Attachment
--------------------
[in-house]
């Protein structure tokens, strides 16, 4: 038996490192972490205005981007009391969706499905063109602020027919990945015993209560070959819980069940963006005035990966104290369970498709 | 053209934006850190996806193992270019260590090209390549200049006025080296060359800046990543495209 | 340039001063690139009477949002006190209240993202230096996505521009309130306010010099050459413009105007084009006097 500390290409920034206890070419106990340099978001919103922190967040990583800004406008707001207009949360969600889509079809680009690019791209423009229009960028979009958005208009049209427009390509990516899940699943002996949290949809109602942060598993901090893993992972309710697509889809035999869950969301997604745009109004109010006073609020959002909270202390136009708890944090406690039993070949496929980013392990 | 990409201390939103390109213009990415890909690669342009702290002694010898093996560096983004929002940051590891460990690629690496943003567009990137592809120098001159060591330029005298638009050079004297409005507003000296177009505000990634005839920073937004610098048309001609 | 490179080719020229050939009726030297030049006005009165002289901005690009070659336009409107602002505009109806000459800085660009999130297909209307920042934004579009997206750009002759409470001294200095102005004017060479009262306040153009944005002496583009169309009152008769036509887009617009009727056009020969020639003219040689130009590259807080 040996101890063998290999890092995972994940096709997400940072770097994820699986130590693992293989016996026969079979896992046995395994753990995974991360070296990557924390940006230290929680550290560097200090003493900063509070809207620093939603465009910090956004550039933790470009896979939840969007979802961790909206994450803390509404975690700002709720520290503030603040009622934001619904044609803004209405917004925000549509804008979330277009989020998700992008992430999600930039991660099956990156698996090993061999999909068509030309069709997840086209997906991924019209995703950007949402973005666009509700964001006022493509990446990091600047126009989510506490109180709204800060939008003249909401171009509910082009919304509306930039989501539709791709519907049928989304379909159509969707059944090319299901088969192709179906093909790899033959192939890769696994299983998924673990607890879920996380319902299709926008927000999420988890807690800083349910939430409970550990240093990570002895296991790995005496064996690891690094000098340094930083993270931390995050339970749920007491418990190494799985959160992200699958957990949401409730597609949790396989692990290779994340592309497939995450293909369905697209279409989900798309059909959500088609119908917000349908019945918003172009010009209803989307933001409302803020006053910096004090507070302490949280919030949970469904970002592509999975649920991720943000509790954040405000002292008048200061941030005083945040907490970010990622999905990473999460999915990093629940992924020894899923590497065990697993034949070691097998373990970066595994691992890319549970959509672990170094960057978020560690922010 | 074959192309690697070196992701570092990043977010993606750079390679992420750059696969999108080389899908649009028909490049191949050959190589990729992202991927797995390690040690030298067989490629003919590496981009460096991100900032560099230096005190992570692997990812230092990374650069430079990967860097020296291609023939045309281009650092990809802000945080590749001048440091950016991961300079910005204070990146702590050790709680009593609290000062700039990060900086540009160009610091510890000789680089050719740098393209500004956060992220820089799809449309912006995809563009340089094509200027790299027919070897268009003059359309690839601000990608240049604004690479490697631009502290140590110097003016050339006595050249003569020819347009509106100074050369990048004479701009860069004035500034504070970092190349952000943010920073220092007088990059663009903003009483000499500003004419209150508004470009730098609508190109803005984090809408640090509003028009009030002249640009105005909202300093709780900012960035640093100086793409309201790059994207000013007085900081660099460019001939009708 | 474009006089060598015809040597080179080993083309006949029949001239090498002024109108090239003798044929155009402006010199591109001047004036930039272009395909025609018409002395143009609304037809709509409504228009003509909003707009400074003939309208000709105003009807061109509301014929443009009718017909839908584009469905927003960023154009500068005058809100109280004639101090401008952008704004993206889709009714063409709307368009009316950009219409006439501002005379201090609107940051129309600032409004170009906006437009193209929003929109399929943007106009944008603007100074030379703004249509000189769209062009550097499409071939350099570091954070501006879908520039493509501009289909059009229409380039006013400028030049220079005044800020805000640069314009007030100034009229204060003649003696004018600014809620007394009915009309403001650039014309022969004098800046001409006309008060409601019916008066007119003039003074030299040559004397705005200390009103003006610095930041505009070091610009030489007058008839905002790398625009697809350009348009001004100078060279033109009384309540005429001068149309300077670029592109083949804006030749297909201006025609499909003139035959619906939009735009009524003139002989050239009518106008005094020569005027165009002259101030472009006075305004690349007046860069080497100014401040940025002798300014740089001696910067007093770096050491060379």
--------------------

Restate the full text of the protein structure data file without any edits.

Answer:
[in-house]
């Protein structure tokens, strides 16, 4: 038996490192972490205005981007009391969706499905063109602020027919990945015993209560070959819980069940963006005035990966104290369970498709 | 053209934006850190996806193992270019260590090209390549200049006025080296060359800046990543495209 | 340039001063690139009477949002006190209240993202230096996505521009309130306010010099050459413009105007084009006097 500390290409920034206890070419106990340099978001919103922190967040990583800004406008707001207009949360969600889509079809680009690019791209423009229009960028979009958005208009049209427009390509990516899940699943002996949290949809109602942060598993901090893993992972309710697509889809035999869950969301997604745009109004109010006073609020959002909270202390136009708890944090406690039993070949496929980013392990 | 990409201390939103390109213009990415890909690669342009702290002694010898093996560096983004929002940051590891460990690629690496943003567009990137592809120098001159060591330029005298638009050079004297409005507003000296177009505000990634005839920073937004610098048309001609 | 490179080719020229050939009726030297030049006005009165002289901005690009070659336009409107602002505009109806000459800085660009999130297909209307920042934004579009997206750009002759409470001294200095102005004017060479009262306040153009944005002496583009169309009152008769036509887009617009009727056009020969020639003219040689130009590259807080 040996101890063998290999890092995972994940096709997400940072770097994820699986130590693992293989016996026969079979896992046995395994753990995974991360070296990557924390940006230290929680550290560097200090003493900063509070809207620093939603465009910090956004550039933790470009896979939840969007979802961790909206994450803390509404975690700002709720520290503030603040009622934001619904044609803004209405917004925000549509804008979330277009989020998700992008992430999600930039991660099956990156698996090993061999999909068509030309069709997840086209997906991924019209995703950007949402973005666009509700964001006022493509990446990091600047126009989510506490109180709204800060939008003249909401171009509910082009919304509306930039989501539709791709519907049928989304379909159509969707059944090319299901088969192709179906093909790899033959192939890769696994299983998924673990607890879920996380319902299709926008927000999420988890807690800083349910939430409970550990240093990570002895296991790995005496064996690891690094000098340094930083993270931390995050339970749920007491418990190494799985959160992200699958957990949401409730597609949790396989692990290779994340592309497939995450293909369905697209279409989900798309059909959500088609119908917000349908019945918003172009010009209803989307933001409302803020006053910096004090507070302490949280919030949970469904970002592509999975649920991720943000509790954040405000002292008048200061941030005083945040907490970010990622999905990473999460999915990093629940992924020894899923590497065990697993034949070691097998373990970066595994691992890319549970959509672990170094960057978020560690922010 | 074959192309690697070196992701570092990043977010993606750079390679992420750059696969999108080389899908649009028909490049191949050959190589990729992202991927797995390690040690030298067989490629003919590496981009460096991100900032560099230096005190992570692997990812230092990374650069430079990967860097020296291609023939045309281009650092990809802000945080590749001048440091950016991961300079910005204070990146702590050790709680009593609290000062700039990060900086540009160009610091510890000789680089050719740098393209500004956060992220820089799809449309912006995809563009340089094509200027790299027919070897268009003059359309690839601000990608240049604004690479490697631009502290140590110097003016050339006595050249003569020819347009509106100074050369990048004479701009860069004035500034504070970092190349952000943010920073220092007088990059663009903003009483000499500003004419209150508004470009730098609508190109803005984090809408640090509003028009009030002249640009105005909202300093709780900012960035640093100086793409309201790059994207000013007085900081660099460019001939009708 | 474009006089060598015809040597080179080993083309006949029949001239090498002024109108090239003798044929155009402006010199591109001047004036930039272009395909025609018409002395143009609304037809709509409504228009003509909003707009400074003939309208000709105003009807061109509301014929443009009718017909839908584009469905927003960023154009500068005058809100109280004639101090401008952008704004993206889709009714063409709307368009009316950009219409006439501002005379201090609107940051129309600032409004170009906006437009193209929003929109399929943007106009944008603007100074030379703004249509000189769209062009550097499409071939350099570091954070501006879908520039493509501009289909059009229409380039006013400028030049220079005044800020805000640069314009007030100034009229204060003649003696004018600014809620007394009915009309403001650039014309022969004098800046001409006309008060409601019916008066007119003039003074030299040559004397705005200390009103003006610095930041505009070091610009030489007058008839905002790398625009697809350009348009001004100078060279033109009384309540005429001068149309300077670029592109083949804006030749297909201006025609499909003139035959619906939009735009009524003139002989050239009518106008005094020569005027165009002259101030472009006075305004690349007046860069080497100014401040940025002798300014740089001696910067007093770096050491060379």